Congratulations on your splashy landing page: your snazzy banner, your artsy directives, your mood shots of beautiful happy strangers, but nine times out of ten I’m clicking right on past. If I am a first-time visitor to your site, it is your company’s About page where my “meaningful engagement” really begins—or fails to begin, as the case may be for these and other underwhelming About pages.
As a first time visitor to your company and services, I prefer to start at the very beginning. “A very good place to start,” Maria Von Trapp might say. I want to know who you are. If I already know, I still want to know how you talk about who you are. Even if I am familiar with your company, I like to remind myself of what you do, why you do what you do, and how you talk about why you do what you do. I don’t think I am alone.
Visitors are spending less than a minute on the average site and more than half of them are sticking around for fewer than 15 seconds. Everyone has flashy, funny, compelling intros these days.
I want past all that.
Past being wowed. Past being wooed. I want eye contact. If I can’t establish a trustworthy connection in short order, I’m inclined to turn and go.
Tell me—Who are you? What do you do? Why is it of particular interest to me (your future customer/partner)?
Bottom line—is your About page easy to find? Easy to engage? Does it cut through the noise and get at the heart of what you do?
So, What Makes a Bad About Page?
The problems are more subtle than you might expect. These aren’t jaw-dropping fails or laugh-out-loud mistakes. The companies below seem professional enough in many respects and have a fine grasp of the English language. Everybody seems to be spellchecking and grammar-proofing. You might not even spot the problems at first glance, which is part of the reason why it deserves to be addressed. It is a matter of undermining the importance of your About page, or not connecting to your customers’ needs and wants. Let’s take a look.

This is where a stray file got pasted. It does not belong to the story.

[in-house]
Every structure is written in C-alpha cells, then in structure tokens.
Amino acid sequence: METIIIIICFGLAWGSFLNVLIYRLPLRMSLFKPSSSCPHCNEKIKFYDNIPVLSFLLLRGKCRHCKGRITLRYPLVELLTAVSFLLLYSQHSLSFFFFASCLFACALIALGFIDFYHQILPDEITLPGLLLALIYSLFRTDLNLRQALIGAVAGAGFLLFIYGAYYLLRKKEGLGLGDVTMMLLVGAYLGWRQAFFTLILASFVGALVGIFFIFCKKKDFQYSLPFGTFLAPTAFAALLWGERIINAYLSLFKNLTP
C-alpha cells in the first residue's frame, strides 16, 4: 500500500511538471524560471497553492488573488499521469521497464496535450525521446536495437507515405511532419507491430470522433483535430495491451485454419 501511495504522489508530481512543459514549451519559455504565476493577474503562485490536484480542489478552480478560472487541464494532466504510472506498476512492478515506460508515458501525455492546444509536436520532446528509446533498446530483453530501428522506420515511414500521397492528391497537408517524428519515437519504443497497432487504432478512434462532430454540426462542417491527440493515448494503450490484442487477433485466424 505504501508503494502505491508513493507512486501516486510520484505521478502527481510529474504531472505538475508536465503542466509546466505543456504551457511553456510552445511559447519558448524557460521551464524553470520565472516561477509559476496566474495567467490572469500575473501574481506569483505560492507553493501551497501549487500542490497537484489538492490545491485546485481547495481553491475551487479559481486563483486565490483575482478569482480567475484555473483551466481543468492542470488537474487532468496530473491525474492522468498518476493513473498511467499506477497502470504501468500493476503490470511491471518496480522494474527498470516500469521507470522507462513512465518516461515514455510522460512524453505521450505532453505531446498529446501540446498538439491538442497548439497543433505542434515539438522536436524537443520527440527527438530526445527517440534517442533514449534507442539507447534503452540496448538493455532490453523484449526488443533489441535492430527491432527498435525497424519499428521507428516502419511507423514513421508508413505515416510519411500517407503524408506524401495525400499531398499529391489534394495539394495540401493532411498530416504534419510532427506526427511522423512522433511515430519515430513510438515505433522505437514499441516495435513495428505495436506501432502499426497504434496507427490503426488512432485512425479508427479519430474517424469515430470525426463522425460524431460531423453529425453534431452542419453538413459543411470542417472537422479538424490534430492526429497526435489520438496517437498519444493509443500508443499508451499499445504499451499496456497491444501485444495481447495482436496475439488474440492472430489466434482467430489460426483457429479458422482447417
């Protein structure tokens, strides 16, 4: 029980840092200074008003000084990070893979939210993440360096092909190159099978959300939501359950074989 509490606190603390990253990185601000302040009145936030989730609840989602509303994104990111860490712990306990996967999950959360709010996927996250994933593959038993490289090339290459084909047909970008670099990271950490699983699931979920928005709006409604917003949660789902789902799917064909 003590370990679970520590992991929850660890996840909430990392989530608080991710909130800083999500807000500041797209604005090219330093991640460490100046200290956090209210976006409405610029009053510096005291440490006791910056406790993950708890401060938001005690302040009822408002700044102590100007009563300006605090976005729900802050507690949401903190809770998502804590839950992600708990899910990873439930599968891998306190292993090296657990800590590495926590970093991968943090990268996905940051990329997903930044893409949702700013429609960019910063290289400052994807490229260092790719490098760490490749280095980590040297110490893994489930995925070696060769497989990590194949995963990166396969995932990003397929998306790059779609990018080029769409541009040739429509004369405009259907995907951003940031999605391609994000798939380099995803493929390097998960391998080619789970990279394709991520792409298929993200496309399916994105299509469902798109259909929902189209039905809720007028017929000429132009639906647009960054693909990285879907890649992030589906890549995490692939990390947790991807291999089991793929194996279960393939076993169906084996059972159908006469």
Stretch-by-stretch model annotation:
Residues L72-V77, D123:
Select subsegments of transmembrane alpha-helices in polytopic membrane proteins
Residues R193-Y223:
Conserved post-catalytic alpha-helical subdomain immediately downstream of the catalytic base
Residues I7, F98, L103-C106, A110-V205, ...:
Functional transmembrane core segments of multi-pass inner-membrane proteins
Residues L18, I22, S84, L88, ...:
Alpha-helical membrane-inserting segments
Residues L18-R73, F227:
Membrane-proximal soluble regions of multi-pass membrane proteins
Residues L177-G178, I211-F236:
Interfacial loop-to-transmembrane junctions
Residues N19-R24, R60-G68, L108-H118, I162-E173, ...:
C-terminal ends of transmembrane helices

Imagine meeting someone at a party, asking them about themselves, and receiving the following reply, “Well, this is my arm, and over here is my leg, and down there is my foot.”
A staff list is not an About page. What is your perceived role in reporting, HuffPo? What is your voice? What is your vantage point on the world? I’d really like to know.
Grain & Mortar
Nice digs, Grain & Mortar. You are creative—got it. You are proud of your space. I can’t fault you for that.
Now what exactly do you do? Do I really have to guess? You… make things? That help your clients…. Lead easier lives? Furniture? Tractors? Glow in the dark headbands? Should I just keep guessing?
When About pages starts to become an afterthought, compelling reasons for visitors to pay attention goes right out the window, as it did for me reading Level 3’s About page. The word “communication” appears 3 times in the first sentence, and a version of “provides” appears twice.
You are a communications provider who provides communications? Sorry to have to be the one to say it, but a little preparation prior to “providing” might go a long way in convincing customers of your grand powers of communication next time around.
Scroll, scroll, scroll. Keep scrolling. Here’s what I call an About page burial.
Stuffed way down at the bottom of this page from Alix Partners, I found the bare bones information to get me started, but before I could locate it, they had already amped up a hyperbole campaign about their work on “matters of high importance.” Great. If you were truly “all about my needs,” you might have thought to take care of the first one—easy to find and trustworthy information.